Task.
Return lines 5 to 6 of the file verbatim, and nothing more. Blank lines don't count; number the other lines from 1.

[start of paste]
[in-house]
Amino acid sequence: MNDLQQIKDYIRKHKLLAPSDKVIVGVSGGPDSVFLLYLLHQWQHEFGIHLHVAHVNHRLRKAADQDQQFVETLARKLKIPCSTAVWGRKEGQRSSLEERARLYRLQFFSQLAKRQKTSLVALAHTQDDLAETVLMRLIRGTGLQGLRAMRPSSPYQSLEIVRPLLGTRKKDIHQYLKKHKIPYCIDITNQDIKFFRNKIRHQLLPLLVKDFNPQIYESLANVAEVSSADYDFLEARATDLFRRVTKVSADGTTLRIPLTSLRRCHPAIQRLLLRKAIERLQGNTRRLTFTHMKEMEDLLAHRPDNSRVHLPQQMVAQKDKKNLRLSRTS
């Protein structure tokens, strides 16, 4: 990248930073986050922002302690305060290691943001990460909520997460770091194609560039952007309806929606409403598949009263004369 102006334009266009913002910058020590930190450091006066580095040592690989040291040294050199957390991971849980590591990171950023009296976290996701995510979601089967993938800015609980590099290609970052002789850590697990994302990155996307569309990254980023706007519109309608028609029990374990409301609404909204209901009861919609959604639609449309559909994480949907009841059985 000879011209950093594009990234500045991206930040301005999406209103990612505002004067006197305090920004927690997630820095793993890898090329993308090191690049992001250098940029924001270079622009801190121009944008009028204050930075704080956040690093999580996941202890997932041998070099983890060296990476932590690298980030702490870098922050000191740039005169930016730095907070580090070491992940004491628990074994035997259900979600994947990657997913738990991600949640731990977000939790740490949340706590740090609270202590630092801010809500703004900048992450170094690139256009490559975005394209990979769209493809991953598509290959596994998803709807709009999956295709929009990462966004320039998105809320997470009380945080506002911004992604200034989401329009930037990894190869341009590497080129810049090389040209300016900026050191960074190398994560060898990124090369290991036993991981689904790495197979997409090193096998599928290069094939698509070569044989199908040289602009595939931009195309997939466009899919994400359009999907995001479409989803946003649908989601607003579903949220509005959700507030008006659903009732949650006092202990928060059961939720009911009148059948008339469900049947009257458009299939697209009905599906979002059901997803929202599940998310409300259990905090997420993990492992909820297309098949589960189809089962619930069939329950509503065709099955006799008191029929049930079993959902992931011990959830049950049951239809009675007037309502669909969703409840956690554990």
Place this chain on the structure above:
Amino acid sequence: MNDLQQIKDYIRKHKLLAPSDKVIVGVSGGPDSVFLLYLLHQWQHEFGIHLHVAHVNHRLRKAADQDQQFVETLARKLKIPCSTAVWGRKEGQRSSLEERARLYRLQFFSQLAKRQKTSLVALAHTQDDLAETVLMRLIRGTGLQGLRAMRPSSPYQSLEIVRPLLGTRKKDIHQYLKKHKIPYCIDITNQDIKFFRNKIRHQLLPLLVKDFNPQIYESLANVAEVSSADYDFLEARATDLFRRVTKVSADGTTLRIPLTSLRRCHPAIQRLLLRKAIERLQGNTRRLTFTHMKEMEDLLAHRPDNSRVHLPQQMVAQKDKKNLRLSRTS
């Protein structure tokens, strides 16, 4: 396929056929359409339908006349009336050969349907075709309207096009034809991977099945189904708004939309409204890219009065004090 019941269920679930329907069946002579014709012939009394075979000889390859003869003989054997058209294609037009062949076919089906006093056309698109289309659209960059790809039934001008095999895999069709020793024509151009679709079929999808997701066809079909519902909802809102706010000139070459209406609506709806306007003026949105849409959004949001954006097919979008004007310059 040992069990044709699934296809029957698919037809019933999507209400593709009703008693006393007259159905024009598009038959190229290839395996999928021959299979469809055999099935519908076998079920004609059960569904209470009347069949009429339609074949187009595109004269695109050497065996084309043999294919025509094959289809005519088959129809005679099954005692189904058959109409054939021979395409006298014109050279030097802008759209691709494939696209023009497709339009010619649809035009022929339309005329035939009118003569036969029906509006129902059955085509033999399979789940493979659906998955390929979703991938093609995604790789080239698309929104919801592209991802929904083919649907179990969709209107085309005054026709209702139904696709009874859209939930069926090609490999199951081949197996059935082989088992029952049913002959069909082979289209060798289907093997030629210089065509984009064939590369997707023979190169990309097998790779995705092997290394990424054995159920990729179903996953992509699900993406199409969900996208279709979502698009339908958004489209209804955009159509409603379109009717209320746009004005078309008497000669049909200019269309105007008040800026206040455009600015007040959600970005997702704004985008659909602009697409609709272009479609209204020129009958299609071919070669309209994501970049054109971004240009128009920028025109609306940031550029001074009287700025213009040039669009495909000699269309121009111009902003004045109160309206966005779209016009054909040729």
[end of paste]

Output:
Amino acid sequence: MNDLQQIKDYIRKHKLLAPSDKVIVGVSGGPDSVFLLYLLHQWQHEFGIHLHVAHVNHRLRKAADQDQQFVETLARKLKIPCSTAVWGRKEGQRSSLEERARLYRLQFFSQLAKRQKTSLVALAHTQDDLAETVLMRLIRGTGLQGLRAMRPSSPYQSLEIVRPLLGTRKKDIHQYLKKHKIPYCIDITNQDIKFFRNKIRHQLLPLLVKDFNPQIYESLANVAEVSSADYDFLEARATDLFRRVTKVSADGTTLRIPLTSLRRCHPAIQRLLLRKAIERLQGNTRRLTFTHMKEMEDLLAHRPDNSRVHLPQQMVAQKDKKNLRLSRTS
């Protein structure tokens, strides 16, 4: 396929056929359409339908006349009336050969349907075709309207096009034809991977099945189904708004939309409204890219009065004090 019941269920679930329907069946002579014709012939009394075979000889390859003869003989054997058209294609037009062949076919089906006093056309698109289309659209960059790809039934001008095999895999069709020793024509151009679709079929999808997701066809079909519902909802809102706010000139070459209406609506709806306007003026949105849409959004949001954006097919979008004007310059 040992069990044709699934296809029957698919037809019933999507209400593709009703008693006393007259159905024009598009038959190229290839395996999928021959299979469809055999099935519908076998079920004609059960569904209470009347069949009429339609074949187009595109004269695109050497065996084309043999294919025509094959289809005519088959129809005679099954005692189904058959109409054939021979395409006298014109050279030097802008759209691709494939696209023009497709339009010619649809035009022929339309005329035939009118003569036969029906509006129902059955085509033999399979789940493979659906998955390929979703991938093609995604790789080239698309929104919801592209991802929904083919649907179990969709209107085309005054026709209702139904696709009874859209939930069926090609490999199951081949197996059935082989088992029952049913002959069909082979289209060798289907093997030629210089065509984009064939590369997707023979190169990309097998790779995705092997290394990424054995159920990729179903996953992509699900993406199409969900996208279709979502698009339908958004489209209804955009159509409603379109009717209320746009004005078309008497000669049909200019269309105007008040800026206040455009600015007040959600970005997702704004985008659909602009697409609709272009479609209204020129009958299609071919070669309209994501970049054109971004240009128009920028025109609306940031550029001074009287700025213009040039669009495909000699269309121009111009902003004045109160309206966005779209016009054909040729």